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Upper Turkey Creek Basin

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Welcome to the web site for the Upper Turkey Creek Basin feasibility study. This web site contains information about the study.

Upper Turkey Creek Basin Review Plan 
Independent External Peer Review (IEPR) Comments


Turkey Creek begins just south of 89th Street in Lenexa, Kansas, and flows due north until it passes under Interstate 35 near 87th Street. From 87th Street, the creek meanders along the same general route as the interstate highway for nearly its entire length. After passing under 7th Street Trafficway south of Interstate 35, the creek channel bends northward toward the Interstate and passes under the Interstate in a tunnel that carries the creek to its end at the Kansas River.

Historic Flooding

Heavy rains in 1998 produced flooding that caused over $50 million dollars in damage to businesses and public property along Turkey Creek in Johnson and Wyandotte counties, Kansas. Following those losses, the U.S. House of Representatives Committee on Transportation and Infrastructure passed a resolution directing the Secretary of the Army to review recommendations of the Chief of Engineers in a report dated June 21, 1999. At the time of this resolution, Congress had already passed the Water Resources Development Act of 1999 which authorized a plan for flood damage reduction on Turkey Creek in an area generally from the tunnel upstream for about 10,000 feet. The authorized project is termed the Turkey Creek Basin, Kansas City, Missouri, and Kansas City, Kansas, Project.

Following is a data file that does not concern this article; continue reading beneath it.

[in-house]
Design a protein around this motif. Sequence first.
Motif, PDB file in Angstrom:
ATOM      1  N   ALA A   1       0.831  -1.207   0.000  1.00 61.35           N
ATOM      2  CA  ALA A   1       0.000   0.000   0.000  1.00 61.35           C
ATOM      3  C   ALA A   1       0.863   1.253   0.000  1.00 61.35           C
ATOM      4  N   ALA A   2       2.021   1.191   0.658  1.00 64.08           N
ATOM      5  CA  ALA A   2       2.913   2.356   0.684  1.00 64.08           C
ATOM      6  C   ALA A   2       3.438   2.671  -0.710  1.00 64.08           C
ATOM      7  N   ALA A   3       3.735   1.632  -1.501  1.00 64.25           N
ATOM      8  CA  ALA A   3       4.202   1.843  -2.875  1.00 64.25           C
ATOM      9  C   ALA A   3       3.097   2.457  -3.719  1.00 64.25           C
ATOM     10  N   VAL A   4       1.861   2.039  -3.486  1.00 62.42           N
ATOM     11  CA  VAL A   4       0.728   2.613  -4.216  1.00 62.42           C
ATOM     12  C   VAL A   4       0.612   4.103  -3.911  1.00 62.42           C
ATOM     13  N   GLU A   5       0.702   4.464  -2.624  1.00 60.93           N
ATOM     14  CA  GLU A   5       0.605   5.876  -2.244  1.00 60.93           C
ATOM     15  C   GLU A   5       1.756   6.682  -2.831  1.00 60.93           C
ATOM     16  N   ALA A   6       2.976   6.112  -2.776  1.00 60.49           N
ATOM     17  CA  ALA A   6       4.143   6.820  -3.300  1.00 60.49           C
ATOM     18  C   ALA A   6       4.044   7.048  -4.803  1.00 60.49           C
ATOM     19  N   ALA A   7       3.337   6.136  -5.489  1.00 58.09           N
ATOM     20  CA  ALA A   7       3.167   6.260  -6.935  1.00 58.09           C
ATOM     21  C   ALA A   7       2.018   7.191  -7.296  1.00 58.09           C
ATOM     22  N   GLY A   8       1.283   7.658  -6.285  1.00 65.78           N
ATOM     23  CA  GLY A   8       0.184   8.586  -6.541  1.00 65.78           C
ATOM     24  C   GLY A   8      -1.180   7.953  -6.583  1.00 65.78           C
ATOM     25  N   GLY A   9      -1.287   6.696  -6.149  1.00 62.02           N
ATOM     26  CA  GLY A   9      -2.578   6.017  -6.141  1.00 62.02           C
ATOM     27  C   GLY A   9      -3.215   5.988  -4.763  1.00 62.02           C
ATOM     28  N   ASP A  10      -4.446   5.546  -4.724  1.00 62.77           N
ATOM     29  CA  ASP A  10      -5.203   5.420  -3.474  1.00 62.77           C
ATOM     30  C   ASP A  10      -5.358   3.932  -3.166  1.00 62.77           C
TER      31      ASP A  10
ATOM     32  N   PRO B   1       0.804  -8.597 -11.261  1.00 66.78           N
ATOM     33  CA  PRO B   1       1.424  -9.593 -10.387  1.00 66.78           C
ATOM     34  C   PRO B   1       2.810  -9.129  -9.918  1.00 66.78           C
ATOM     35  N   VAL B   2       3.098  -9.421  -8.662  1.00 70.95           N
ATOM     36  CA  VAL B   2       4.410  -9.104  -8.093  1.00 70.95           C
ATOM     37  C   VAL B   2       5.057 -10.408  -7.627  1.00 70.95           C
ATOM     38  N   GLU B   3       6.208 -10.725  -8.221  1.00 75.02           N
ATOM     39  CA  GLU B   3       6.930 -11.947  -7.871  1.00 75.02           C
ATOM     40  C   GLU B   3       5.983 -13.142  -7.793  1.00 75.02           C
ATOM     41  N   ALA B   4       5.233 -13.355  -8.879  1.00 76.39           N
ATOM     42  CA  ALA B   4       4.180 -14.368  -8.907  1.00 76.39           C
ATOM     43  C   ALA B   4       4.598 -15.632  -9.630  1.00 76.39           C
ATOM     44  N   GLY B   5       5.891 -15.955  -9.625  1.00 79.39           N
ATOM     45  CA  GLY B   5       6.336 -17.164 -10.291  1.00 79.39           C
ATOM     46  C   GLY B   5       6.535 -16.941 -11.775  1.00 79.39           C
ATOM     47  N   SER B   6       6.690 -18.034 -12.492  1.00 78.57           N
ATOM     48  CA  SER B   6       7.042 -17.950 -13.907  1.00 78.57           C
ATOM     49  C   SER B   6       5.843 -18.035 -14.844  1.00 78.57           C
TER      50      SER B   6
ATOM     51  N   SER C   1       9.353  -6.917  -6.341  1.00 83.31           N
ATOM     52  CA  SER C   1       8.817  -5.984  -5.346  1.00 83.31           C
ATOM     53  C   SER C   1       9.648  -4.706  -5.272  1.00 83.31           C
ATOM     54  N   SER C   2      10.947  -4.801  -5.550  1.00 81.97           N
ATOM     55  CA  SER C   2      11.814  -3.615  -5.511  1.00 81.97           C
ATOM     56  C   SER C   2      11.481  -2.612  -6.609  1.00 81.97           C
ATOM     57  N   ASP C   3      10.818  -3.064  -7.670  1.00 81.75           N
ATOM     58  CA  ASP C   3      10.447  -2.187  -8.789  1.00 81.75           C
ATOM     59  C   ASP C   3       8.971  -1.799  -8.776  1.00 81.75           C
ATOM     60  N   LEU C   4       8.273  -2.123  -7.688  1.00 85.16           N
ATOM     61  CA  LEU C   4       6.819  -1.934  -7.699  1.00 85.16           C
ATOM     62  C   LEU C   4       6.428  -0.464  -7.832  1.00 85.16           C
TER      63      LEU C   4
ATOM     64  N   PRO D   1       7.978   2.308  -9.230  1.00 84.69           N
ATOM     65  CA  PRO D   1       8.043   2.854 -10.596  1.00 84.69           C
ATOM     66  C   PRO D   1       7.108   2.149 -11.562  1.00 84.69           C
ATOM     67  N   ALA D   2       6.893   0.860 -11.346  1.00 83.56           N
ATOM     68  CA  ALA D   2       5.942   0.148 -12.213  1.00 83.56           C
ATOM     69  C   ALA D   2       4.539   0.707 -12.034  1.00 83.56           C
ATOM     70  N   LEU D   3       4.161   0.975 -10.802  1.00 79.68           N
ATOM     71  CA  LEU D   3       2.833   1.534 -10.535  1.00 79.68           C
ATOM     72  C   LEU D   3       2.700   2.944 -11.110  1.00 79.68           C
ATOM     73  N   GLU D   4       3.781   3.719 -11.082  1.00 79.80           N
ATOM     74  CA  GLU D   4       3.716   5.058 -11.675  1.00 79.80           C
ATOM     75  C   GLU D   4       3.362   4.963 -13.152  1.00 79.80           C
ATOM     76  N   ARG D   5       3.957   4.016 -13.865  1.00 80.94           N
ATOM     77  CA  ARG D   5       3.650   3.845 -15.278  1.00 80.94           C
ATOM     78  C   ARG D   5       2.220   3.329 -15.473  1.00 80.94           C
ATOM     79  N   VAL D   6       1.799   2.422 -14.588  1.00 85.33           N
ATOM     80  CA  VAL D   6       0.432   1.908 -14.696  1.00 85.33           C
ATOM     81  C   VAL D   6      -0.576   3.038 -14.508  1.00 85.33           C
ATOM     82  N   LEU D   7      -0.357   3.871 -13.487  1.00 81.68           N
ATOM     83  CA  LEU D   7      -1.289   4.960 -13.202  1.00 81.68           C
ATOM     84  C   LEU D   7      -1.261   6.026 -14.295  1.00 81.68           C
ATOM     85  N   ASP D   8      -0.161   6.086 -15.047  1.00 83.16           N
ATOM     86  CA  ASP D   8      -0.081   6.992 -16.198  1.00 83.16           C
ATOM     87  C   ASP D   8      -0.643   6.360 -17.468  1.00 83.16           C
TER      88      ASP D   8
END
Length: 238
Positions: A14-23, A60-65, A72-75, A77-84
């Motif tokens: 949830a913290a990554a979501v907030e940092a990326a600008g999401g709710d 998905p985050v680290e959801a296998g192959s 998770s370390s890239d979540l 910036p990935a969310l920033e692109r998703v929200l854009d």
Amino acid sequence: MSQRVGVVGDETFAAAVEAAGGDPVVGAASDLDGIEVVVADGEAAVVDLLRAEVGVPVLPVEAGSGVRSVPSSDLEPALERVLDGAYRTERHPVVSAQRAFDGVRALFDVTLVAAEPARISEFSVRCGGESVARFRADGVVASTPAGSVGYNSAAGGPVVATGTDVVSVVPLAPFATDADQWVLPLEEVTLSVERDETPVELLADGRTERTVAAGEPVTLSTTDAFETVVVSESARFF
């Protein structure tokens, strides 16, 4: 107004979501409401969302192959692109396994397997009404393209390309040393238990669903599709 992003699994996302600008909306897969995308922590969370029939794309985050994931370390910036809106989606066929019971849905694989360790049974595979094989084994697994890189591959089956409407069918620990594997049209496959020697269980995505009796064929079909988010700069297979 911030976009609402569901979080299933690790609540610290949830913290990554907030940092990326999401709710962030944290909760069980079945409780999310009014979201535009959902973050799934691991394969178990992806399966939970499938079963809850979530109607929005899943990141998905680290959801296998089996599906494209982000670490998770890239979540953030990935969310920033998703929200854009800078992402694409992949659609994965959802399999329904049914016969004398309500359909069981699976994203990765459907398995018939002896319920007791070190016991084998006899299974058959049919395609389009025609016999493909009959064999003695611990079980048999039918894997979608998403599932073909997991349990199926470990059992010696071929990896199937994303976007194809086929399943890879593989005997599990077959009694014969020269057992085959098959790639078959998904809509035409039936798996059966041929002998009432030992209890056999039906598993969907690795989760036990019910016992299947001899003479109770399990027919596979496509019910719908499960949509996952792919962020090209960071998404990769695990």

Upper Turkey Creek Study

The Upper Turkey Creek study is different from the study that resulted in the Turkey Creek Basin, Missouri and Kansas, project in two important ways.

First, in 1999, Congress enacted legislation favoring a watershed approach to future water resource development proposals. What this means for Turkey Creek is that a successful plan must fit a broad range of community goals for the whole Turkey Creek watershed to assure the resulting project will be "sustainable" in the sense that the community will want to use, maintain, and possibly even enhance the project as a community asset after it is constructed. This goal is somewhat more ambitious than the traditional goal of a flood damage reduction study aimed at economically reducing recurring flood damages without producing harm to existing environmental or social values.

Second, in the Water Resources Development Act of 2000, Congress established an independent authority of the Corps of Engineers to recommend actions to restore the environment. Previous to this new authority, actions to benefit the environment were companion recommendations associated with a project that produced economic benefits such as flood damage reduction or navigation.